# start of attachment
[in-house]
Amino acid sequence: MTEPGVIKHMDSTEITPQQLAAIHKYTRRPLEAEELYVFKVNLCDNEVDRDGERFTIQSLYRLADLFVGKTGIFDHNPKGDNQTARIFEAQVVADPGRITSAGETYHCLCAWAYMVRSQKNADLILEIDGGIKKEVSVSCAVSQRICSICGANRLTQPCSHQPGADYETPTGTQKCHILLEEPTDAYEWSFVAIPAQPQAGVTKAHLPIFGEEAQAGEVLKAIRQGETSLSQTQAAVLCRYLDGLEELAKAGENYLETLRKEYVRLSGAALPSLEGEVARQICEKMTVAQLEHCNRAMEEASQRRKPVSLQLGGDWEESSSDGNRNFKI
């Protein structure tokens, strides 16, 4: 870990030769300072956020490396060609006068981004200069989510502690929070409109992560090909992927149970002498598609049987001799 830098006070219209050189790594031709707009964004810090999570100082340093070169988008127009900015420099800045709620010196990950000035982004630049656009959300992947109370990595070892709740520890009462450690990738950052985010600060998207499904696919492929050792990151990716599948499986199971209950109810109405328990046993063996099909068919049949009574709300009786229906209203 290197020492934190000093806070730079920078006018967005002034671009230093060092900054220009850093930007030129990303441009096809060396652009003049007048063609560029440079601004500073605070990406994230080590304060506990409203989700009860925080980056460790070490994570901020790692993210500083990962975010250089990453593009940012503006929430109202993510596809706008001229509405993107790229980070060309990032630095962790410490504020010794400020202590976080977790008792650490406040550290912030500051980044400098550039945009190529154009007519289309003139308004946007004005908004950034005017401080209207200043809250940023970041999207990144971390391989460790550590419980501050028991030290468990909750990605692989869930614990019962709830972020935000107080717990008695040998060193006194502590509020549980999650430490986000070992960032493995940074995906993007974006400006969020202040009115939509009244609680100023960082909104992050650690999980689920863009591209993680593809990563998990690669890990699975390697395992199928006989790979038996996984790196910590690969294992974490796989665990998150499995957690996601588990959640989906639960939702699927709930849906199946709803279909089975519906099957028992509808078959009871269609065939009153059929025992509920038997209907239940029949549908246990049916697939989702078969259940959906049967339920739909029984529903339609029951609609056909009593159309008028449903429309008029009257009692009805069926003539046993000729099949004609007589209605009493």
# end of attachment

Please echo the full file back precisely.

[in-house]
Amino acid sequence: MTEPGVIKHMDSTEITPQQLAAIHKYTRRPLEAEELYVFKVNLCDNEVDRDGERFTIQSLYRLADLFVGKTGIFDHNPKGDNQTARIFEAQVVADPGRITSAGETYHCLCAWAYMVRSQKNADLILEIDGGIKKEVSVSCAVSQRICSICGANRLTQPCSHQPGADYETPTGTQKCHILLEEPTDAYEWSFVAIPAQPQAGVTKAHLPIFGEEAQAGEVLKAIRQGETSLSQTQAAVLCRYLDGLEELAKAGENYLETLRKEYVRLSGAALPSLEGEVARQICEKMTVAQLEHCNRAMEEASQRRKPVSLQLGGDWEESSSDGNRNFKI
């Protein structure tokens, strides 16, 4: 870990030769300072956020490396060609006068981004200069989510502690929070409109992560090909992927149970002498598609049987001799 830098006070219209050189790594031709707009964004810090999570100082340093070169988008127009900015420099800045709620010196990950000035982004630049656009959300992947109370990595070892709740520890009462450690990738950052985010600060998207499904696919492929050792990151990716599948499986199971209950109810109405328990046993063996099909068919049949009574709300009786229906209203 290197020492934190000093806070730079920078006018967005002034671009230093060092900054220009850093930007030129990303441009096809060396652009003049007048063609560029440079601004500073605070990406994230080590304060506990409203989700009860925080980056460790070490994570901020790692993210500083990962975010250089990453593009940012503006929430109202993510596809706008001229509405993107790229980070060309990032630095962790410490504020010794400020202590976080977790008792650490406040550290912030500051980044400098550039945009190529154009007519289309003139308004946007004005908004950034005017401080209207200043809250940023970041999207990144971390391989460790550590419980501050028991030290468990909750990605692989869930614990019962709830972020935000107080717990008695040998060193006194502590509020549980999650430490986000070992960032493995940074995906993007974006400006969020202040009115939509009244609680100023960082909104992050650690999980689920863009591209993680593809990563998990690669890990699975390697395992199928006989790979038996996984790196910590690969294992974490796989665990998150499995957690996601588990959640989906639960939702699927709930849906199946709803279909089975519906099957028992509808078959009871269609065939009153059929025992509920038997209907239940029949549908246990049916697939989702078969259940959906049967339920739909029984529903339609029951609609056909009593159309008028449903429309008029009257009692009805069926003539046993000729099949004609007589209605009493």